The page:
I encourage you to keep a photo record of your garden throughout the growing season. This will help you plan next year's projects and give you some inspiration once the snow falls.
If you have a photo of your 'favourite' sign of Fall, I would like to see it. Submit one photo to [email protected]. I will post all of the photos on my Facebook page.
The 5 photos to receive the most 'Likes' will win a copy of the 2015 Harrowsmith's Almanac. (Deadline for entry is October 8, 2014). Deadline for 'voting' is October 15, 2014.
Mark's Choice Product of the Month
Spring-Flowering Bulb Collections
100 Days of Flowers bulb collection
- 40 premium quality top sized Holland bulbs
- 7 exceptional varieties selected for Canadian gardens by Mark Cullen
- 3 Narcissus Tahiti
- 3 Tulip Red Impression
- 3 Narcissus Dutchmaster
- 3 Tulip Menton
- 3 Crocus Botanical
- 10 Allium Purple Sensation
- 15 Grape Hyacinth
Home Hardware item# 5029-215
Deer & Squirrel Resistant Bulb Collection
- 50 premium quality top sized Holland bulbs
- 4 varieties selected for Canadian gardens
- 10 Narcissus Tete a Tete
- 5 Hyacinths Pink Pearl
- 20 Glory of the Snow
- 15 Grape Hyacinth
Home Hardware item# 5029-174.
Canadian Tulip Garden Bulb Garden
- 28 premium quality top sized Holland bulbs
- 4 exceptional varieties selected for Canadian gardens
- 7 Vancouver tulips
- 7 Quebec tulips
- 7 The Mounties tulips
- 7 Toronto tulips
Home Hardware item# 5029-172
Naturalizing Daffodil & Crocus Bulb Collection
- 40 premium quality top sized Holland bulbs
- 4 exceptional varieties selected for Canadian gardens
- 6 Carlton
- 6 Slim Whitman
- 6 Ice King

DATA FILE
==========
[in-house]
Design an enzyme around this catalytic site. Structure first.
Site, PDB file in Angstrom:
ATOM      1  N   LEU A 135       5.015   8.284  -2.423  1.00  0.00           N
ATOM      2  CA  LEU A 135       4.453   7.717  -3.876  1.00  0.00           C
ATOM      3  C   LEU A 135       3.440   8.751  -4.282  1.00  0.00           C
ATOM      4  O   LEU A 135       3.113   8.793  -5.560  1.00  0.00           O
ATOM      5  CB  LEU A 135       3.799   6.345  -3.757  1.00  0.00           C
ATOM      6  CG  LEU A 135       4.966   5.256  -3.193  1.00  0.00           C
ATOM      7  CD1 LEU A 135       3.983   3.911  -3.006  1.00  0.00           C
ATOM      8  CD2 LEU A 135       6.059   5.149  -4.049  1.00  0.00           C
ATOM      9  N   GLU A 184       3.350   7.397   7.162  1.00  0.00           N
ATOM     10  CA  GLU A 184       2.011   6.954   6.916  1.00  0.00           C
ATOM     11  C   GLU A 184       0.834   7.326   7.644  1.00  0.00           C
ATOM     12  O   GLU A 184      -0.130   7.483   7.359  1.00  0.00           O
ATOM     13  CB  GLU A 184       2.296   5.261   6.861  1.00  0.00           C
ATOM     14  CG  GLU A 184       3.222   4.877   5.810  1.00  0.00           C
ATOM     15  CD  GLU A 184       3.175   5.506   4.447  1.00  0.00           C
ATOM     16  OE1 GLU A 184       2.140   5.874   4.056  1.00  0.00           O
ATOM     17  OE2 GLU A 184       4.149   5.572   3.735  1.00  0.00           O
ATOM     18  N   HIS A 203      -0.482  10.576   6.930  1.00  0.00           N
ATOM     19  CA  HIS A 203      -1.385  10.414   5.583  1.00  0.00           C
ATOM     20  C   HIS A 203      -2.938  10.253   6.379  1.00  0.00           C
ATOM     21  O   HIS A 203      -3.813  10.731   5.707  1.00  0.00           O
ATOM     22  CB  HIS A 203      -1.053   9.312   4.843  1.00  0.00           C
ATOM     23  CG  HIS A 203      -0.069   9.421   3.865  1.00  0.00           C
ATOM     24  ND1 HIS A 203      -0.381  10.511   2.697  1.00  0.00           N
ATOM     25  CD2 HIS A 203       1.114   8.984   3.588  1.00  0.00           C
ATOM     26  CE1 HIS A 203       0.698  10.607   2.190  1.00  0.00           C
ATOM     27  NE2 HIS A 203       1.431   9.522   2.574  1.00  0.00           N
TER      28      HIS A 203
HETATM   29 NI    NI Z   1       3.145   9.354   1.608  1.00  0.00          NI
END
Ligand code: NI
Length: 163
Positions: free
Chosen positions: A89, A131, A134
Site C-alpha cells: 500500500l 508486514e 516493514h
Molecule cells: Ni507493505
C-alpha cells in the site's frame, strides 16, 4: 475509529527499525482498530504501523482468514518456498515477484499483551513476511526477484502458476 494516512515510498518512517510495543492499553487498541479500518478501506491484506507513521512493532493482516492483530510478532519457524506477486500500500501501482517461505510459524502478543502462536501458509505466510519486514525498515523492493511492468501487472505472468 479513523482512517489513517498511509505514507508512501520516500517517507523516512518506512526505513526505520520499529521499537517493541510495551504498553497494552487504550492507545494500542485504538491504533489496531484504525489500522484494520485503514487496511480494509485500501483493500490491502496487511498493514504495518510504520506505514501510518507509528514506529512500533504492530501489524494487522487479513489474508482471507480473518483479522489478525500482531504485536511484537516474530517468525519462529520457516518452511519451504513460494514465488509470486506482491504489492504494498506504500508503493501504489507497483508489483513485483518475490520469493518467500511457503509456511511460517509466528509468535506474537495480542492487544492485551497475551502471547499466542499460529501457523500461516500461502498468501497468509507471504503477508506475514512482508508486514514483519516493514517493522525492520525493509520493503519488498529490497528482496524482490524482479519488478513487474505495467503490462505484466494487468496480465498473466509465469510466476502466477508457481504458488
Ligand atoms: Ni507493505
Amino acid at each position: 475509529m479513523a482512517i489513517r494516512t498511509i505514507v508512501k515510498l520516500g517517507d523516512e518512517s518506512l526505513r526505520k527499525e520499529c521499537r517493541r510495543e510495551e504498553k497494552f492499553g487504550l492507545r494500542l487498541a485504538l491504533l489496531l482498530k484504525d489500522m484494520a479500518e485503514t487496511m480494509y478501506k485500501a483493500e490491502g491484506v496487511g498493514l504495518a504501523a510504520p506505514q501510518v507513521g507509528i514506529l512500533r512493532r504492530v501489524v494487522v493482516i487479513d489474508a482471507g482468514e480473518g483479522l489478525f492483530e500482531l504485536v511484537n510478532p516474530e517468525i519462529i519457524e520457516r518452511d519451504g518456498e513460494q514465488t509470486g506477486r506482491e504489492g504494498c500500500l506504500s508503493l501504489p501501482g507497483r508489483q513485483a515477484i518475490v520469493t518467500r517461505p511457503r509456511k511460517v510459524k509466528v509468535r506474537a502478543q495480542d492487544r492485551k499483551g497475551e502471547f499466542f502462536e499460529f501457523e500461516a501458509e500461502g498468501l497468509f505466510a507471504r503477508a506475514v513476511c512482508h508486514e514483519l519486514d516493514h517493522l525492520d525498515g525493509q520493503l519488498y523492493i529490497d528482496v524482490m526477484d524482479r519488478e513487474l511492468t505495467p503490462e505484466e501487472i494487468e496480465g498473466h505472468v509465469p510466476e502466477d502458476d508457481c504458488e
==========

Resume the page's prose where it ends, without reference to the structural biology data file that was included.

- 22 Crocus Tom Ruby Giant
Home Hardware item# 5029-175
This is the most important time of year to fill the feeders if you want to encourage the songbirds to stick around.
Feeding the birds will draw your attention to the bird houses where the swallows and sparrows and the like raised a brood or two this season: let me remind you to remove the nests before winter so that a nice clean house is theirs for the nesting come spring.
Last fall I asked my friend Jody Allair, of Bird Studies Canada, for advice on how to clean out bird houses.
Here is what he said:
1. Clean out bird nests in fall, if the birds are finished nesting.
2. Make sure to use gloves
3. Be careful not to inhale any of the dust as it will contain dried up feces.
4. Place the nest material in a garbage bag, seal it and dispose of it fairly quickly.
5. Don't use any bleach or other chemical cleaner on the inside of the nest box.
6. Consider registering for the Project Nest Watch next spring and help us monitor nesting birds across Canada.
For more information about Bird Studies Canada, check out this great article in the current issue of Home at Home magazine.
Fall is for Planting
Fall is the ideal time for planting trees, shrubs and perennials. Cooler air temperatures mean plants are not stressed by heat and humidity. Garden soil is still warm which allows the root system to continue growing.
Finish planting at least 6 weeks prior to the ground freezing to allow plants the opportunity to establish a healthy root system.
- Plant perennials at the same depth as they are in containers.
- Spread a layer of shredded cedar bark mulch to insulate root systems and conserve moisture.
- Water new plants deeply to reach the entire root ball.
- Apply a transplant fertilizer to encourage root growth. Do not use fertilizers with a high concentration of nitrogen as this will encourage plant growth instead of root growth. I recommend a 5-15-5 liquid transplanter for quick feeding.
Stay in Touch
- Check out Mark Cullen Gardening on YouTube for 'How To' videos to help with your lawn & garden.
- Watch my weekly segment on CTV Canada AM with Jeff. Every Wednesday, between 8:30 and 9:00am. If you miss a segment, watch them online.
- My weekly newspaper column can be found online at The Toronto Star.
- Follow my daily Tweets on Twitter (@MarkCullen4)
- Listen to my weekly gardening tip 'The Green File'. I post a new audio clip every Wednesday.
- Follow my daily postings on my Facebook page and join the discussion to receive advice from other gardeners.
- I encourage you to visit My Library to search for great gardening information.